The challenge in inquiry is to be willing to directly discover what exists with no reference points. Inquiry is no small challenge, for it requires facing the death of the inner and outer worlds as they have been constructed with no knowledge of what will take their place. We have the experience of releasing our constructed world when we fall into sleep, and we cherish and need this experience for our well-being on all levels.

The challenge of inquiry appears in releasing the constructed world while remaining conscious.
Gangaji

Share the Wisdom:
Email Twitter FaceBook
Latest Community Insights New!
Deep Inquiry: Not for the Faint of Heart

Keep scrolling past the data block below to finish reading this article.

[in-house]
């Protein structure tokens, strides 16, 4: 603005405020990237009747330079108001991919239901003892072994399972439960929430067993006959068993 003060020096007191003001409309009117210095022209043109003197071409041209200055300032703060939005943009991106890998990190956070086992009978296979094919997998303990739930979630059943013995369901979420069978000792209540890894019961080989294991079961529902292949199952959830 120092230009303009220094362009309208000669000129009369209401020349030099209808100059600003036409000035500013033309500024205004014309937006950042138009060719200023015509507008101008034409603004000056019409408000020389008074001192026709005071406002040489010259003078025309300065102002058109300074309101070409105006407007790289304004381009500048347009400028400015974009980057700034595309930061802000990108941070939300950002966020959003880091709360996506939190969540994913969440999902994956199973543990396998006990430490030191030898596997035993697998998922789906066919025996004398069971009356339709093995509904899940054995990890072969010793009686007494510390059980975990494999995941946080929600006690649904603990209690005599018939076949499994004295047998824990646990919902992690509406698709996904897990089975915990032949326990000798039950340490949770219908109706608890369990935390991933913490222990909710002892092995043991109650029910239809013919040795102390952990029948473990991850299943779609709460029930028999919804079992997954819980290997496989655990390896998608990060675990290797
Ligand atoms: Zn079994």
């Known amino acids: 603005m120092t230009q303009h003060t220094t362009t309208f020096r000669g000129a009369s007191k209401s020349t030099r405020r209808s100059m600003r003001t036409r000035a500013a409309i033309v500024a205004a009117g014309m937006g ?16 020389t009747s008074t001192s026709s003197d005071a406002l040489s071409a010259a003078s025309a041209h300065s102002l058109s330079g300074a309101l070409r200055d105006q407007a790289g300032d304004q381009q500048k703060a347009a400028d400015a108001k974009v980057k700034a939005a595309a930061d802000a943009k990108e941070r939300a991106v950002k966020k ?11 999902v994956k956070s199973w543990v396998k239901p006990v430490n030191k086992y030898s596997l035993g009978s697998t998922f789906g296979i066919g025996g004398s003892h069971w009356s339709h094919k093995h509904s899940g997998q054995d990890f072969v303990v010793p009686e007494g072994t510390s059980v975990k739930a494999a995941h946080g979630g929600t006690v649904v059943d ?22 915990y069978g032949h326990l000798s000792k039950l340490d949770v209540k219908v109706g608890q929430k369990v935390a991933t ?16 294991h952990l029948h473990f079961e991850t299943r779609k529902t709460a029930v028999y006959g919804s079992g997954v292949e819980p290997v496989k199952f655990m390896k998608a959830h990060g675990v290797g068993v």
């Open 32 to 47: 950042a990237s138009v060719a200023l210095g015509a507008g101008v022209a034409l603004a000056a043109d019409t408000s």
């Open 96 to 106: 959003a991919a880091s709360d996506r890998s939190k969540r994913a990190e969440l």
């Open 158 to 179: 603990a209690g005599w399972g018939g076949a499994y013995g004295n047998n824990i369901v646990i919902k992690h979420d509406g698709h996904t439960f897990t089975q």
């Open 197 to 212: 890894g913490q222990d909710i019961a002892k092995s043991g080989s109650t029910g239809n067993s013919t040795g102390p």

What does deep inquiry mean to you? Can you share a personal story around fears that you had to overcome in order to engage in authentic deep inquiry? What do you understand by “releasing the constructed world while remaining conscious?”
Kokil wrote: For me deep inquiry means questioning within and not outside. In my journey of introspection the biggest fear that I am now coming to terms with is the fear of the unknown. Everytime I would th…
Jagdish P Dave wrote: To me, inquiry is a curiosity to understand me and others in my life. The starting point and the continuing point is me and that ongoing process includes the outer world the people I relate to….
Conrad P Pritscher wrote: In the past I thought I knew what inquiry means. Now I do not know. In the past I was afraid of not knowing. Today I am much less afraid of not knowingand often cherish not knowing. What I unde…